In two respects there are striking differences. Digital platforms are generally not outspoken style statements. Also, web designers tend to seem less engaged and ideologically inspired than architects. This can probably be explained by the immature status of the field and by the so-called Wiki mentality that is so strongly linked to the internet. There is a strong idea that the internet belongs to everyone and that also applies to the building of knowledge and the creation of the design. Not the expert is placed on a pedestal but the 'user'. According to creative technologist and the creator of the term VR, Jaron Lanier, this mindset leads to mediocrity on an unprecedented scale. The Wiki mentality hinders the maturing of the field and ensures retarded design. We are still a long way from starchitecture in digital design. In the next paragraph, we briefly dive into the history of 30 years of web design with the aim of getting a picture of the above claims. To what extent do style and ideology play a role in the digital industry?
The first-generation websites (Web1: 1990-2005) are mainly textual due to the slow bandwidths. The layouts look a lot like a typical case. All areas are filled with bits of navigation, information, and functionalities. A major revolution is taking place in the second generation of websites (Web2: 2005-2020). The layouts become 'responsive' and adapt to the often-mobile device of the user. The block boxes disappear and make way for spacious layouts with a focus on the legible text. Two styles alternate: 'skeuomorphic' and 'flat'. In a maturing industry, standards and design systems are being worked diligently with the aim of making the web more inclusive and user-friendly. We are now in the transition period to the algorithmic and immersive web (Web3:2020-). The flat A4 pages with a scrollbar will gradually give way to richer 3D experiences.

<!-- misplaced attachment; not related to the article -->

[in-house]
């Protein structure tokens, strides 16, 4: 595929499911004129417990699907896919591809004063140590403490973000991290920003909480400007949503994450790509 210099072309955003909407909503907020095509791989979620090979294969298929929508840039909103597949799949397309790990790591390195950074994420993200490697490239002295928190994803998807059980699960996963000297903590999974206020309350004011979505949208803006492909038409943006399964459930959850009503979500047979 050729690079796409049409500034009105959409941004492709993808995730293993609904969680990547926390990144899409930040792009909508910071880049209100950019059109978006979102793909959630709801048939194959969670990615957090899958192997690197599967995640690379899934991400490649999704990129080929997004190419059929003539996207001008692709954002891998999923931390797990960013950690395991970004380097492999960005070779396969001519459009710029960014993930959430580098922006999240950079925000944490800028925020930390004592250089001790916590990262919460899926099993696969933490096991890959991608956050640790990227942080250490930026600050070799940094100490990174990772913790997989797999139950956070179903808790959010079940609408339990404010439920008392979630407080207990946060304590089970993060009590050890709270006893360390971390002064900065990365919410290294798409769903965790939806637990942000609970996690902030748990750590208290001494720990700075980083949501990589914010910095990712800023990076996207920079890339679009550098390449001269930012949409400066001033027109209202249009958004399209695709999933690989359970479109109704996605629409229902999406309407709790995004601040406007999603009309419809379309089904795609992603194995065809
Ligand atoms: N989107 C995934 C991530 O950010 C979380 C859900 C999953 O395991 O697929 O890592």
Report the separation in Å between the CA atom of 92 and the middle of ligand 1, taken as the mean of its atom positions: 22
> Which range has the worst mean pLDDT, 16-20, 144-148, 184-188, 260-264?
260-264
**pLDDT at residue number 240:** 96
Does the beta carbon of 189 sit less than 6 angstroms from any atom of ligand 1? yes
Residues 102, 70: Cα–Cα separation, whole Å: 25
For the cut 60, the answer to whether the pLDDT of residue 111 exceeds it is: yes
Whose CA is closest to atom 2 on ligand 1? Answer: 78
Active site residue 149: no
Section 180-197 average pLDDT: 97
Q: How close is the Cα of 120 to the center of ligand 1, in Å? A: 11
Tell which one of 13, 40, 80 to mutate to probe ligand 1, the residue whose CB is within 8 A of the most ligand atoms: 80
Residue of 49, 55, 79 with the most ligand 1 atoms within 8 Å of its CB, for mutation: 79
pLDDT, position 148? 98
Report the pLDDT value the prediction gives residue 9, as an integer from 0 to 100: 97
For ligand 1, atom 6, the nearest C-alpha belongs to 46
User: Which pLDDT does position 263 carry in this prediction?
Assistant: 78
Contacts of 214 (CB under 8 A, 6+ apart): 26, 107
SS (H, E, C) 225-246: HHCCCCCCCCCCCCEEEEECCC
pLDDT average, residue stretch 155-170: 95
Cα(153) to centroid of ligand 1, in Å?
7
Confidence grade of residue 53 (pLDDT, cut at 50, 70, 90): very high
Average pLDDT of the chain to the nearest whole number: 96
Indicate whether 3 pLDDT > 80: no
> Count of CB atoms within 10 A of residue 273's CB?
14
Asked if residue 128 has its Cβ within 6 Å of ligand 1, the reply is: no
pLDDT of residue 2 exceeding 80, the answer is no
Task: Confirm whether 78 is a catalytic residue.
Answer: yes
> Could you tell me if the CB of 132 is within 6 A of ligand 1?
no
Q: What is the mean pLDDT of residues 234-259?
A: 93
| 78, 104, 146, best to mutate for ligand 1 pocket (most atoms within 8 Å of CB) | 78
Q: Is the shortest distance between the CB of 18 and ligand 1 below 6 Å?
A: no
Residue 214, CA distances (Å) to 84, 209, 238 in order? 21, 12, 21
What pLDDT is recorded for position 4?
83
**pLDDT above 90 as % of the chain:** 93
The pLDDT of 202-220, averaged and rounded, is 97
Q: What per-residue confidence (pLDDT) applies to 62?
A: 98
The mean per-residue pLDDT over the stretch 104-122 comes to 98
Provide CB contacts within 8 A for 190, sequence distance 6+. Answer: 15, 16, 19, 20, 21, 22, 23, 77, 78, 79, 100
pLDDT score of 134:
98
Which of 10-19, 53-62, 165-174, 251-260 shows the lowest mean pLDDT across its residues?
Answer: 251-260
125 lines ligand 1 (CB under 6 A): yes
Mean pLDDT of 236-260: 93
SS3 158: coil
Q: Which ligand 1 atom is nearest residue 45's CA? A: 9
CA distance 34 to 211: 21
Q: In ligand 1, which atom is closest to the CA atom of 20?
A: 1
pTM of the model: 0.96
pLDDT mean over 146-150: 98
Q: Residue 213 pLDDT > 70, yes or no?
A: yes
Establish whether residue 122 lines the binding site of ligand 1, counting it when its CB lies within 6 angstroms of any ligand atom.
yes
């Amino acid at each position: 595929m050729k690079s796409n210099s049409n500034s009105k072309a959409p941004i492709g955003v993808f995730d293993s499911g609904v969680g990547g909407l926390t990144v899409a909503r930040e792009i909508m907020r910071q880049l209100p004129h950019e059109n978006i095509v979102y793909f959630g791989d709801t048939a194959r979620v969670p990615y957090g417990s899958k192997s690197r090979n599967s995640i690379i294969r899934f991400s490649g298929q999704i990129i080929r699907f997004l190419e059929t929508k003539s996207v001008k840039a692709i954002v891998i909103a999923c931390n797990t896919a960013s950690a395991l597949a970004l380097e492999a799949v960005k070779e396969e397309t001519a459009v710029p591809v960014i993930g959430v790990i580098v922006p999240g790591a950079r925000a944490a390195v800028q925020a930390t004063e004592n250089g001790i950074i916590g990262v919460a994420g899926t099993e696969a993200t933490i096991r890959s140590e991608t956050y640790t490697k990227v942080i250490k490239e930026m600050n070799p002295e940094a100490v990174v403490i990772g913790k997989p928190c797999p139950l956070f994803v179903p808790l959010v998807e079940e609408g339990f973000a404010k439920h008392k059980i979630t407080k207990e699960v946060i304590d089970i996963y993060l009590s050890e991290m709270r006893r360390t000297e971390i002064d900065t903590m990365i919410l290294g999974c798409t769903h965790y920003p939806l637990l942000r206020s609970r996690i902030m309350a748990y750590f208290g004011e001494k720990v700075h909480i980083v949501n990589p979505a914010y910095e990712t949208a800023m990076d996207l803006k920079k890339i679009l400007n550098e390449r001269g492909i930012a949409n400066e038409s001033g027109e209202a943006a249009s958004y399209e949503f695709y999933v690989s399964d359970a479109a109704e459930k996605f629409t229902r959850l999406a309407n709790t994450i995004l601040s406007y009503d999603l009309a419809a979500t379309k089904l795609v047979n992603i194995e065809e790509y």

The history of web design, in a nutshell, shows above all a young still developing industry that is playing along with technological changes. Major players such as Apple and Google show great design gestures that point to the coming of age of digital design. However, these design frameworks are adopted so widely that a kind of digital unity sausage is created.